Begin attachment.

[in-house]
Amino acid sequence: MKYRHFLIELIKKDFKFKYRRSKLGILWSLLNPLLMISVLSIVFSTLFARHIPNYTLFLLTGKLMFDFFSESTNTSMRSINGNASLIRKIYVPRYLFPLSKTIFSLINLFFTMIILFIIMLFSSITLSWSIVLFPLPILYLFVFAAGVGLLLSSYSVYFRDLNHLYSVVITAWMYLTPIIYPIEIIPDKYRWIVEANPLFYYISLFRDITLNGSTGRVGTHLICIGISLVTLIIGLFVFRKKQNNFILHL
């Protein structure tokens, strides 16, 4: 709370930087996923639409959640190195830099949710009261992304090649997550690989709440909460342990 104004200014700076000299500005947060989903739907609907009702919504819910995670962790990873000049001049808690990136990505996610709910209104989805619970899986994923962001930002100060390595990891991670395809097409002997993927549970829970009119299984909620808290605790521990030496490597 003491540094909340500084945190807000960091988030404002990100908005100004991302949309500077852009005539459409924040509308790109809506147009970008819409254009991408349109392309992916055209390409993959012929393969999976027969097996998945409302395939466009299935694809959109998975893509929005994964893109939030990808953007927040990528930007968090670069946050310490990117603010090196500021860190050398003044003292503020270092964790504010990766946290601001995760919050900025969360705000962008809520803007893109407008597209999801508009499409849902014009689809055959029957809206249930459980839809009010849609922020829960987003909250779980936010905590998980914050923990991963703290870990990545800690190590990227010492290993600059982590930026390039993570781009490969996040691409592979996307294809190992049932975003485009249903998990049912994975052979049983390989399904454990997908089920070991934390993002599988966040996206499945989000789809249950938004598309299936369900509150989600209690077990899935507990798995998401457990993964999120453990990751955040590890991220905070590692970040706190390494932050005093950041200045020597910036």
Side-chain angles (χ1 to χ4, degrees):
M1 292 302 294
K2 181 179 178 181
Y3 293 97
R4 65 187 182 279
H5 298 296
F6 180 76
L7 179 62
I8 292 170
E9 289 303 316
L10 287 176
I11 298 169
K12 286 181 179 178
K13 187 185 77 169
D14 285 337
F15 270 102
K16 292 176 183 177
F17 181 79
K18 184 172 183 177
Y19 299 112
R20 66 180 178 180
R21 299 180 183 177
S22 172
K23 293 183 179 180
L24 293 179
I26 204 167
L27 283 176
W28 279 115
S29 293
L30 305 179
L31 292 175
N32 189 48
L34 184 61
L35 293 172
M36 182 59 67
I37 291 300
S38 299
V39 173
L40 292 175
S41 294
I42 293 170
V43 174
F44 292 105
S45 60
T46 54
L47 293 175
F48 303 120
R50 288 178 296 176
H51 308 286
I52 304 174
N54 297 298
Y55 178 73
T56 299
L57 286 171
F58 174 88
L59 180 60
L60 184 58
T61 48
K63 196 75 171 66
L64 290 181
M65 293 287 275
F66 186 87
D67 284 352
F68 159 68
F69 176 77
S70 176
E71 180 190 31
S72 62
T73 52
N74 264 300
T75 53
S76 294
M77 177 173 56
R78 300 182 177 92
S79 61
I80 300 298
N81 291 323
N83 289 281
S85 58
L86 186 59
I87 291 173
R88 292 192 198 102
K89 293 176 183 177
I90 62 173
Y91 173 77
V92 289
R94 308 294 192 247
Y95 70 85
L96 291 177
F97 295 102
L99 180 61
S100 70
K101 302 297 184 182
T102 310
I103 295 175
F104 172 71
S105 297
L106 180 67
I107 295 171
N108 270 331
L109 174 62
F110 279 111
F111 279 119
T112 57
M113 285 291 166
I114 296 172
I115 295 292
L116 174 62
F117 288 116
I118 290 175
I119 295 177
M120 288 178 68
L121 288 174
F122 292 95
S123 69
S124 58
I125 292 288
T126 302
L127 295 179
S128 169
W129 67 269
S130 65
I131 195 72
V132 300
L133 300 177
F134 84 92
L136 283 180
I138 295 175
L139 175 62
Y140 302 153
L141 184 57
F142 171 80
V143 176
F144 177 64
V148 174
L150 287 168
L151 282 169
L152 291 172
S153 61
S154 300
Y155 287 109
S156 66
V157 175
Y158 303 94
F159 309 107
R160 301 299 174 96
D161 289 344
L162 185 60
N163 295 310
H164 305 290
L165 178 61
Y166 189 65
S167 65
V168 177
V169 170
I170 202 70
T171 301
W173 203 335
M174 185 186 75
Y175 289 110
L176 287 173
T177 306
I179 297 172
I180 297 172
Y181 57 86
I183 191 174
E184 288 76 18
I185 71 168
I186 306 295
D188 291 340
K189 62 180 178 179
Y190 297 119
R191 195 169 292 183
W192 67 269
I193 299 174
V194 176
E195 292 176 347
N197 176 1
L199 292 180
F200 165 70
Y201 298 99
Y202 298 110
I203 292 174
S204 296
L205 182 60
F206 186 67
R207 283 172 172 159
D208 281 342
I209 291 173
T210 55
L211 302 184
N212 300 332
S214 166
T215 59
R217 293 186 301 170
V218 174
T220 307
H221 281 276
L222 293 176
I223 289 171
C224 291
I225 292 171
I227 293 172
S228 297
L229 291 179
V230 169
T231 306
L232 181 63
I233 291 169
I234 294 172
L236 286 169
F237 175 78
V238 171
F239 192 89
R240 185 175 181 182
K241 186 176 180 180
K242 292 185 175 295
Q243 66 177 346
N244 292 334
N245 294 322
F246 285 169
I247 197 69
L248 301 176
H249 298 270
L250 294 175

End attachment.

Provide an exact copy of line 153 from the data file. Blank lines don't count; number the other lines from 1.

H164 305 290